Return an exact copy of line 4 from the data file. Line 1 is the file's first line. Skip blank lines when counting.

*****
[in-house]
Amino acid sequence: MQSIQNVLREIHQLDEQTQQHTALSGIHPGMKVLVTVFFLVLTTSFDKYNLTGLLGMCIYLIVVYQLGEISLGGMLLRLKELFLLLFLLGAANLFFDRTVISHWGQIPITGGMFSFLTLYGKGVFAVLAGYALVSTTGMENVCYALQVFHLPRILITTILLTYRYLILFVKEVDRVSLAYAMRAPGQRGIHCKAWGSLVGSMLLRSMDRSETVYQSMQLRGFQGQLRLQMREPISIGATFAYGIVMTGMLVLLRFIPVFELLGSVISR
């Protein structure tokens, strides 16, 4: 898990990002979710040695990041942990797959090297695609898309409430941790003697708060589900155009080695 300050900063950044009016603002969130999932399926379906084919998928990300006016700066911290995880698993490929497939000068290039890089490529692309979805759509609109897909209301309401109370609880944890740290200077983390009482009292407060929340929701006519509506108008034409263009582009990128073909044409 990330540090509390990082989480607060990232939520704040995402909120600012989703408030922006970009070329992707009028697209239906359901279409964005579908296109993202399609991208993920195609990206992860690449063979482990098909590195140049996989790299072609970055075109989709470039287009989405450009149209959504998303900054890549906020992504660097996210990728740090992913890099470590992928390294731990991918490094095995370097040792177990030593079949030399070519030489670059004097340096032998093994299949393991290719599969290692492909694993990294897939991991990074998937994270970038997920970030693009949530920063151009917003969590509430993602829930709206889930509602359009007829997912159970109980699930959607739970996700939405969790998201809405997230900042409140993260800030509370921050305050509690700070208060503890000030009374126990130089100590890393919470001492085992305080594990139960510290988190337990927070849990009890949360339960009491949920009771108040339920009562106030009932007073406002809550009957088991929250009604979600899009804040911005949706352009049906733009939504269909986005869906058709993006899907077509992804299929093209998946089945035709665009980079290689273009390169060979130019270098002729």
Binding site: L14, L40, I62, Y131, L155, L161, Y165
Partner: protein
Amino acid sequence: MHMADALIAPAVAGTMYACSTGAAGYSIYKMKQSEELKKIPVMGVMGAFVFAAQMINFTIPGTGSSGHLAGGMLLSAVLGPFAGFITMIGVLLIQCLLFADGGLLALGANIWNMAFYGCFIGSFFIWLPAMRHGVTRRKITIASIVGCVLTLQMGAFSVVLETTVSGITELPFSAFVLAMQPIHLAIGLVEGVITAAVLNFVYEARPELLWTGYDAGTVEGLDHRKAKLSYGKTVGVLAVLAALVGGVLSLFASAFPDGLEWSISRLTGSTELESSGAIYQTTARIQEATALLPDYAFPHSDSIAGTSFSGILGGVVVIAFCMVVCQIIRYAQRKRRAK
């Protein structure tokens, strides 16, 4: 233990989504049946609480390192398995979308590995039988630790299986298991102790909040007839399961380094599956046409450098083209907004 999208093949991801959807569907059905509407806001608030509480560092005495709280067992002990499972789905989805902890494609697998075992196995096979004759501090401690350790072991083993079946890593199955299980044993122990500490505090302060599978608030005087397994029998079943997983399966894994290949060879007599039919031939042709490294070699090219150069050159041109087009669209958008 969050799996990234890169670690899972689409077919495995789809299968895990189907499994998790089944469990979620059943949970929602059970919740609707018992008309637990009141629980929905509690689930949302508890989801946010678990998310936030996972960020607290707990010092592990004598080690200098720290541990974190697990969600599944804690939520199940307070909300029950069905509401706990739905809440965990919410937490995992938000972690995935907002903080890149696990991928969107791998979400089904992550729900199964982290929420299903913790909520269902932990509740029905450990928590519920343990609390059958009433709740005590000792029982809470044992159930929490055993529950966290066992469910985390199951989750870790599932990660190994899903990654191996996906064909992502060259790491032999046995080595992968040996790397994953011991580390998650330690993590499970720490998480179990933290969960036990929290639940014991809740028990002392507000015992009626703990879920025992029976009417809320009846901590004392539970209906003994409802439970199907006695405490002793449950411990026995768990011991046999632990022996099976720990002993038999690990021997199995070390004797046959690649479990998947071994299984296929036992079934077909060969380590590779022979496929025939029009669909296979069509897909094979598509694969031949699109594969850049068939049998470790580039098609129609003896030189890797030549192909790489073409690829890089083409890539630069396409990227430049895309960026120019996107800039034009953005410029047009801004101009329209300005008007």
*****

Binding site: L14, L40, I62, Y131, L155, L161, Y165